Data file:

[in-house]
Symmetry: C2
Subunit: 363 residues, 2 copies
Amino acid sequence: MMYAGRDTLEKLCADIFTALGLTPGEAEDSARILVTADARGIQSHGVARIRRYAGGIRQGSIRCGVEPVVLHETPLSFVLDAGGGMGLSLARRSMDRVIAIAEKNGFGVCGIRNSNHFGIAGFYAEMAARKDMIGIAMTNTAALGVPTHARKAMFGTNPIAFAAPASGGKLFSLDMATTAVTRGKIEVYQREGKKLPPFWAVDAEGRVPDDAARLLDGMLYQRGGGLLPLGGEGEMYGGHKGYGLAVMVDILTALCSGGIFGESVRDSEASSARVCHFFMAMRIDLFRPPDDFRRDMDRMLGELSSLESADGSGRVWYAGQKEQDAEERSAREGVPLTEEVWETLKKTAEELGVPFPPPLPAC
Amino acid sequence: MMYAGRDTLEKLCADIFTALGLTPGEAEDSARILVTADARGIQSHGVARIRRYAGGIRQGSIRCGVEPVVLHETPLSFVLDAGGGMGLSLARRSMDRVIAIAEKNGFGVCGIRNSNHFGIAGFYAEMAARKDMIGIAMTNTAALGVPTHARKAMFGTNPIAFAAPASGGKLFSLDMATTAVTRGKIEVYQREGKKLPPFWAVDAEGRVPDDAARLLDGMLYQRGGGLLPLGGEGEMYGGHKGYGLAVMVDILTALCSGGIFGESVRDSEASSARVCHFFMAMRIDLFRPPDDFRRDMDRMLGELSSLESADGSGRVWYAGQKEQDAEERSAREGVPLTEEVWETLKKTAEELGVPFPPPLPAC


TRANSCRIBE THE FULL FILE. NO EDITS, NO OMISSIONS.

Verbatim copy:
[in-house]
Symmetry: C2
Subunit: 363 residues, 2 copies
Amino acid sequence: MMYAGRDTLEKLCADIFTALGLTPGEAEDSARILVTADARGIQSHGVARIRRYAGGIRQGSIRCGVEPVVLHETPLSFVLDAGGGMGLSLARRSMDRVIAIAEKNGFGVCGIRNSNHFGIAGFYAEMAARKDMIGIAMTNTAALGVPTHARKAMFGTNPIAFAAPASGGKLFSLDMATTAVTRGKIEVYQREGKKLPPFWAVDAEGRVPDDAARLLDGMLYQRGGGLLPLGGEGEMYGGHKGYGLAVMVDILTALCSGGIFGESVRDSEASSARVCHFFMAMRIDLFRPPDDFRRDMDRMLGELSSLESADGSGRVWYAGQKEQDAEERSAREGVPLTEEVWETLKKTAEELGVPFPPPLPAC
Amino acid sequence: MMYAGRDTLEKLCADIFTALGLTPGEAEDSARILVTADARGIQSHGVARIRRYAGGIRQGSIRCGVEPVVLHETPLSFVLDAGGGMGLSLARRSMDRVIAIAEKNGFGVCGIRNSNHFGIAGFYAEMAARKDMIGIAMTNTAALGVPTHARKAMFGTNPIAFAAPASGGKLFSLDMATTAVTRGKIEVYQREGKKLPPFWAVDAEGRVPDDAARLLDGMLYQRGGGLLPLGGEGEMYGGHKGYGLAVMVDILTALCSGGIFGESVRDSEASSARVCHFFMAMRIDLFRPPDDFRRDMDRMLGELSSLESADGSGRVWYAGQKEQDAEERSAREGVPLTEEVWETLKKTAEELGVPFPPPLPAC